“40 Days and 40 Nights of God’s Word”
DAY 7: JULY 29
DEUTERONOMY 1 – DEUTERONOMY 27:26
Today’s reading is the final (fifth) book of Moses’ contribution to the Old Testament. It’s essentially a summary of the highlights of the Israelite’s 40-year trek through the wilderness, as delivered in a series of speeches (or sermons) by Moses to the children of Israel just before his death and their entrance into the Promised Land. Don’t blink in this reading, because you’ll miss something important.
- What I find compelling is the repetition of important points that Moses obviously wanted to drive home to his listeners and future readers (that would be us!). When I first started reading the Old Testament years ago, I would occasionally think I had lost track of where I’d stopped reading the day before and was going back over the same text, but that wasn’t the case. It was different text but the same topics. The repetition serves the purpose of hammering into us information that needs to be so familiar that it becomes second nature or part of us, and the way to do that is stating the same things over and over but using slightly different words.
- Here are some of the main topics that are repeated by Moses: 1) We need to be obedient to God or we’ll end up like the heathens and get the same punishment as them; 2) we need to remember the children of Israel’s slavery in Egypt and how God brought them out with miracles; 3) we need teach our children and others about the Israelites’ slavery in Egypt and how God brought them out with miracles; 4) we need to keep the Commandments and all relevant laws, statutes, and holidays (note that for us born-agains, most of the laws, statutes and holidays are no longer relevant, other than for the Ten Commandments and the Passover feast, which Jesus commanded us to celebrate in the way he showed us on the night before his crucifixion. But we do – without exception – need to keep the Commandments); and 5) we need to separate ourselves from the heathen (no intermarriage) and not adopt their demonically-inspired sinful ways.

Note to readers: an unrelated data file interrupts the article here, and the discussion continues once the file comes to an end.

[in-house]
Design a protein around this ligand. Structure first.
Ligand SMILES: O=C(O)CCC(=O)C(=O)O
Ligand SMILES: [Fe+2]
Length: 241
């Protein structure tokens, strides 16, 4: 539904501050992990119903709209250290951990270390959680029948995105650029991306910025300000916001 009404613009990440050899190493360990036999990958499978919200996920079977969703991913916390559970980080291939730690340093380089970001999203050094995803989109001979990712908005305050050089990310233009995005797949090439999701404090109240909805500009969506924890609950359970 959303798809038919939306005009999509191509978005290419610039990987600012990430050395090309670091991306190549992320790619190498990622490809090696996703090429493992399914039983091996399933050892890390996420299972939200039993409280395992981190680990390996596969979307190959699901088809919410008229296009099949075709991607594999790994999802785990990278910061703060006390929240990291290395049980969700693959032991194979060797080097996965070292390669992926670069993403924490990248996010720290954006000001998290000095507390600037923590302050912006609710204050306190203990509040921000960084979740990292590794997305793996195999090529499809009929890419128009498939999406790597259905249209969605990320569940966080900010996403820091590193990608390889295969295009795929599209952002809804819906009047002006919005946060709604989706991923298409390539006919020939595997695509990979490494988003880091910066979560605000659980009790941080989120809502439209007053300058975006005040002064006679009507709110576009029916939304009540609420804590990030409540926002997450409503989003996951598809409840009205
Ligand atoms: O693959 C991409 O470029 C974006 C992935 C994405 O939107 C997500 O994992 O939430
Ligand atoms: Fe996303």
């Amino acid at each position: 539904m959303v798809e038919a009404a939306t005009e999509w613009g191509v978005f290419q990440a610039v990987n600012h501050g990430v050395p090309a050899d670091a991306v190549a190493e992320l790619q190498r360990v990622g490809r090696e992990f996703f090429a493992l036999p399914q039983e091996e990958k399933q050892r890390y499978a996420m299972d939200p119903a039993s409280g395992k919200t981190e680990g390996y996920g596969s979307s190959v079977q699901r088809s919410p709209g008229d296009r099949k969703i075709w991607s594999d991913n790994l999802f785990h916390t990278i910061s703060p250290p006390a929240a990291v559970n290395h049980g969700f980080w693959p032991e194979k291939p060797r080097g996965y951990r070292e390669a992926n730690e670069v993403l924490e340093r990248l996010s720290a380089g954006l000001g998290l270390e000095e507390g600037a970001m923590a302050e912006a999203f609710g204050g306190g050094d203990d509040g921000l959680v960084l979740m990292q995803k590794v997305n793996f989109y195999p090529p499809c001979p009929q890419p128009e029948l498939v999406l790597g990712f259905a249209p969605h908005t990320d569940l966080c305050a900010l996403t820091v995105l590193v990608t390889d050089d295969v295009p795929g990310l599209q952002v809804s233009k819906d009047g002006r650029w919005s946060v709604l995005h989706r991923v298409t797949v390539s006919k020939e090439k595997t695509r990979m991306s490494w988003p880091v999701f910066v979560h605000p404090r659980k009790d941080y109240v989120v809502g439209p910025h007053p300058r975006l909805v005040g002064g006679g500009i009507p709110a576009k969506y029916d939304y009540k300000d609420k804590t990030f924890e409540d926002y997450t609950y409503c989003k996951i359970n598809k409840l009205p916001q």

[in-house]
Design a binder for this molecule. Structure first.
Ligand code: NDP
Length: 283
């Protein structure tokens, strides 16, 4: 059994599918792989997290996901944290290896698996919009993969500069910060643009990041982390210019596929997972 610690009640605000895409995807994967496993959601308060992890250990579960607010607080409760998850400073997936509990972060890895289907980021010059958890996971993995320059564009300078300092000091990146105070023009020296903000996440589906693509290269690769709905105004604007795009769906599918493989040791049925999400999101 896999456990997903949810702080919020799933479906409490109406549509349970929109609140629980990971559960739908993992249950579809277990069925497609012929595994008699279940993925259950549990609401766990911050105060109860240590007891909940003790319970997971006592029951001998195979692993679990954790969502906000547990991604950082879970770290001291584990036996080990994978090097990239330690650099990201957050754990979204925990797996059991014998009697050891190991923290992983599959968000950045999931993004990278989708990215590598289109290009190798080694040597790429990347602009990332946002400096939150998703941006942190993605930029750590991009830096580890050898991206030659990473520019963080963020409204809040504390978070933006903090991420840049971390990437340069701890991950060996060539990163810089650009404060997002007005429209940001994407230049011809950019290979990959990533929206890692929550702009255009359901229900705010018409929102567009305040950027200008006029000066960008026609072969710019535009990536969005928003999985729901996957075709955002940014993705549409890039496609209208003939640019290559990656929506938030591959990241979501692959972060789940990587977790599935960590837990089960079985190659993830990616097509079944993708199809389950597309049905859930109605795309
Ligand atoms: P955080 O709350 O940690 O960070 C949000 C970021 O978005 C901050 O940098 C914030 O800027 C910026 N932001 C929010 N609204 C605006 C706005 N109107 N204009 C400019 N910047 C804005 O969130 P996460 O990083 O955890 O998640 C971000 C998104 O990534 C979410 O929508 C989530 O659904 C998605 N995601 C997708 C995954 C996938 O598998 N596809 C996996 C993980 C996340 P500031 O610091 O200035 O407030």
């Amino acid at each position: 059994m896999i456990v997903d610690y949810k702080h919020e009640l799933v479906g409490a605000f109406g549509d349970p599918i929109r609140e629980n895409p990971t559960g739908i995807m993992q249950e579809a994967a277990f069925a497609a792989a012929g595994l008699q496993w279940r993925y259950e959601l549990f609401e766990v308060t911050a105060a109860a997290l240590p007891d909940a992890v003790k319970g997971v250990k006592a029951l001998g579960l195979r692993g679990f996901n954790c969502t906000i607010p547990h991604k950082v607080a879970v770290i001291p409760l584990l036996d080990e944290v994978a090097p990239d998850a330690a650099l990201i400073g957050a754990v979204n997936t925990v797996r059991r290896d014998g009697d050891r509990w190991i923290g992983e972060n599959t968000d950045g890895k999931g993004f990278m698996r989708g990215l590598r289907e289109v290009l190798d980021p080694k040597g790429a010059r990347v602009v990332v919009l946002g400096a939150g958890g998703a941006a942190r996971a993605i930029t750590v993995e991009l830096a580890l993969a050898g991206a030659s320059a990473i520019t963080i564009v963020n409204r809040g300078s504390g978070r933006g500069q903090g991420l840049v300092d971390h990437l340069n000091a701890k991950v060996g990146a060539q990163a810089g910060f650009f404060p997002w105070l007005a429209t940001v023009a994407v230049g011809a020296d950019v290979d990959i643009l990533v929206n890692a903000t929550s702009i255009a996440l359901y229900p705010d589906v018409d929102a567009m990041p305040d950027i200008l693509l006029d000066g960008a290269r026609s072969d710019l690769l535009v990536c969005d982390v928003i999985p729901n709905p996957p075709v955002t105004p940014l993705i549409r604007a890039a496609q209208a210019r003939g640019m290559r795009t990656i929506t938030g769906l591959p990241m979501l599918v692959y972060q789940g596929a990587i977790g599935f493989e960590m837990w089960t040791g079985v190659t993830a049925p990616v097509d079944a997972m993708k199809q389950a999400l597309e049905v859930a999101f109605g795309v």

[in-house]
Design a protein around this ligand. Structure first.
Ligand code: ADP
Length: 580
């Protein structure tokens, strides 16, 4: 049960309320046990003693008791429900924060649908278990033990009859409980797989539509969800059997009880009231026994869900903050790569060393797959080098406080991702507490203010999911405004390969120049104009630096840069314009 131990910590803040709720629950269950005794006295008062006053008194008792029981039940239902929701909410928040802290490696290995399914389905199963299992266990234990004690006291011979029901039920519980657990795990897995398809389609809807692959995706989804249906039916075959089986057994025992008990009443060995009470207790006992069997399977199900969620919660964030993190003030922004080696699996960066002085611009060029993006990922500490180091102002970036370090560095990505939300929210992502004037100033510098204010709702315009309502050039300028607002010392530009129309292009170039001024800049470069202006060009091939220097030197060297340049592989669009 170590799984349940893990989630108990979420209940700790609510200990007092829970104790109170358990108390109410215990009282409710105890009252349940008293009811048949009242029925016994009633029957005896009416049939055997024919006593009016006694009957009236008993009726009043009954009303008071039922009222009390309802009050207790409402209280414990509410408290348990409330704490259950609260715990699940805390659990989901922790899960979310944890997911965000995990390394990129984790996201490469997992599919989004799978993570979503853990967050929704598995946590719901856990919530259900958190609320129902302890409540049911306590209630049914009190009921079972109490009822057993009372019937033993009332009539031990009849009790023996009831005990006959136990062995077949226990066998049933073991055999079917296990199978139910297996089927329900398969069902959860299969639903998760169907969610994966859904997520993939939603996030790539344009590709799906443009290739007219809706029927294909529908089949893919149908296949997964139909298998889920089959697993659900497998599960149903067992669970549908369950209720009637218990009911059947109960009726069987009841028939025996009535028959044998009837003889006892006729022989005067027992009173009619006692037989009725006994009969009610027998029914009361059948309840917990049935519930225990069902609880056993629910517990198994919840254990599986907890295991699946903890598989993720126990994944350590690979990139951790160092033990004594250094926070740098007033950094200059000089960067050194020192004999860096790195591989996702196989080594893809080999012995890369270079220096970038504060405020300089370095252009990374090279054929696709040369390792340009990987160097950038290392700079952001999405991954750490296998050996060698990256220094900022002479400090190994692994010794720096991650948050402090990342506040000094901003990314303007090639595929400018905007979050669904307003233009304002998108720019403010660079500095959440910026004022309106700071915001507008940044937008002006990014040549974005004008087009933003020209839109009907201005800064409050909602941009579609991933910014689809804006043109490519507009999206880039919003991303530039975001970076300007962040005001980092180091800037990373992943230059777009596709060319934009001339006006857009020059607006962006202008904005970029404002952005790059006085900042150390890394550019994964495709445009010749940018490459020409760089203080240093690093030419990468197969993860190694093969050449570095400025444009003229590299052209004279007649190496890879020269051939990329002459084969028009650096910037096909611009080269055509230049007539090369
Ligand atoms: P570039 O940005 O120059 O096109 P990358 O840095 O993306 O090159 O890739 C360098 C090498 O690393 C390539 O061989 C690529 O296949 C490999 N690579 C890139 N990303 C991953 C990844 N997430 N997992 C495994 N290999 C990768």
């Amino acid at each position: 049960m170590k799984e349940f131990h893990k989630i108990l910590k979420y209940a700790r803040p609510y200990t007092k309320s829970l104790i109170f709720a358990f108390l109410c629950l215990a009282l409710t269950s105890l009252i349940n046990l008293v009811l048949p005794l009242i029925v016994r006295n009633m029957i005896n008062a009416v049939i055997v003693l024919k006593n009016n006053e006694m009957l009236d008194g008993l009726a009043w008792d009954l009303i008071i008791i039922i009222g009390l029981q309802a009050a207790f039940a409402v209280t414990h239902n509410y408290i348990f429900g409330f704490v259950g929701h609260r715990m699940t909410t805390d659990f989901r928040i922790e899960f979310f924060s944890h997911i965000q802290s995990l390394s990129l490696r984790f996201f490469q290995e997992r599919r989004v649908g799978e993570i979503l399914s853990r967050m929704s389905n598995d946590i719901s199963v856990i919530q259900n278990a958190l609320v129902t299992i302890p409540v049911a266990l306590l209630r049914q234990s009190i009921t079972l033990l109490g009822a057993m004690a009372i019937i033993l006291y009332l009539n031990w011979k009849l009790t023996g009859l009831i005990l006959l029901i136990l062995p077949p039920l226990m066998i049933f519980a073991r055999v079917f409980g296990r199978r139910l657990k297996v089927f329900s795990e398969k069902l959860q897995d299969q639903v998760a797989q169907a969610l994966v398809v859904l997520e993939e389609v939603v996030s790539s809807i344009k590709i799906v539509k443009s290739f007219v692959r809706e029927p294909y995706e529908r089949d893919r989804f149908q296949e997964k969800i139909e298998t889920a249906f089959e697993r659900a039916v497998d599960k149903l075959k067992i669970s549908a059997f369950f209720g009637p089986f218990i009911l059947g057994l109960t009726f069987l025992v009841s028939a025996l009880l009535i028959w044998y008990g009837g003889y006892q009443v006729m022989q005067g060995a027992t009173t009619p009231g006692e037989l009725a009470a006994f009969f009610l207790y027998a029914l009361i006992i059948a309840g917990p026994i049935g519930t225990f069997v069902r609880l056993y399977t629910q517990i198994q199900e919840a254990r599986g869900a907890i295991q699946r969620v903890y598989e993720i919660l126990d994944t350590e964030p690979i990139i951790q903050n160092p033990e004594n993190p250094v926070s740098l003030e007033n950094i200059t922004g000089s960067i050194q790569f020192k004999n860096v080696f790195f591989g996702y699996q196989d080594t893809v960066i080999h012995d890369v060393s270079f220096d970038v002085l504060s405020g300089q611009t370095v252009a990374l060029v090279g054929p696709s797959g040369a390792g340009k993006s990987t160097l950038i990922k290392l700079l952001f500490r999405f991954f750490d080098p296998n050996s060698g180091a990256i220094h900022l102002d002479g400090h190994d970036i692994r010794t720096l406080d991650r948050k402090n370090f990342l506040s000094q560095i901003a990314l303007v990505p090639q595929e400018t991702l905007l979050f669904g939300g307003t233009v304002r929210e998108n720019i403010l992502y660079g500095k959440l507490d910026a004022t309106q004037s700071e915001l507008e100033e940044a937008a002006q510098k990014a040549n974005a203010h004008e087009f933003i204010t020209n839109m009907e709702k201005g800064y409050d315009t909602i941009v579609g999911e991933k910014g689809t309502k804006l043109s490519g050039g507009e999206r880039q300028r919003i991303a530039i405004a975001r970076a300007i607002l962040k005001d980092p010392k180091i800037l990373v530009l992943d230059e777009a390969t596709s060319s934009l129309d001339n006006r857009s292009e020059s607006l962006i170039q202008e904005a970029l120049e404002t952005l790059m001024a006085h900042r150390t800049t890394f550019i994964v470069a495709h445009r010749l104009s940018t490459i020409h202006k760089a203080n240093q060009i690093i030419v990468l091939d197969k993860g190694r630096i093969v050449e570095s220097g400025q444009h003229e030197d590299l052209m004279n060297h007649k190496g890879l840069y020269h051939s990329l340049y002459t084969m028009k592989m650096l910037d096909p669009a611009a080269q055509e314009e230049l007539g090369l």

- The fifth point mentioned above became a major trap for the children of Israel. They end up intermarrying with the heathen, which then made them susceptible to adopting the culture of the heathens, which then pitted them against God. I like how God tells his people to utterly smash down the demon-worship pillars (that is, the obelisks) in the heathen cities, and yet today we see obelisks everywhere in supposed Christian nations, including and especially in Vatican City. Some of the abominations in that alleged Christian enclave have even been brought from Egypt at great financial and human cost (with several people dying in the transport of the abominations). It’s like no-one in Vatican City has ever read the Bible, or if they have read it, they decided to do the opposite of what God tells his people to do.
- I have to laugh a little bit at how God reminds his people through Moses (who, by the way, appears to be speaking for himself now that Aaron has passed away) that they were not chosen because they were such a great (i.e., populous) nation or because they were so righteous. In fact, God tells them that the only reason they were chosen is because the heathen were even wickeder than they were. So it’s like God gave the Israelites a D- for their righteousness, but because the heathen got an F, the Israelites win the prize. But a D- is nothing to crow about! One of the prophets later says that all our righteousnesses are as filthy rags, and Jesus says that none is good but God. So God isn’t actually expecting us to achieve righteousness, though we still have to try our hardest to achieve it. No dropping out or quitting, even for ‘mental health’ reasons. The harder we aim for righteousness, the more God blesses our efforts.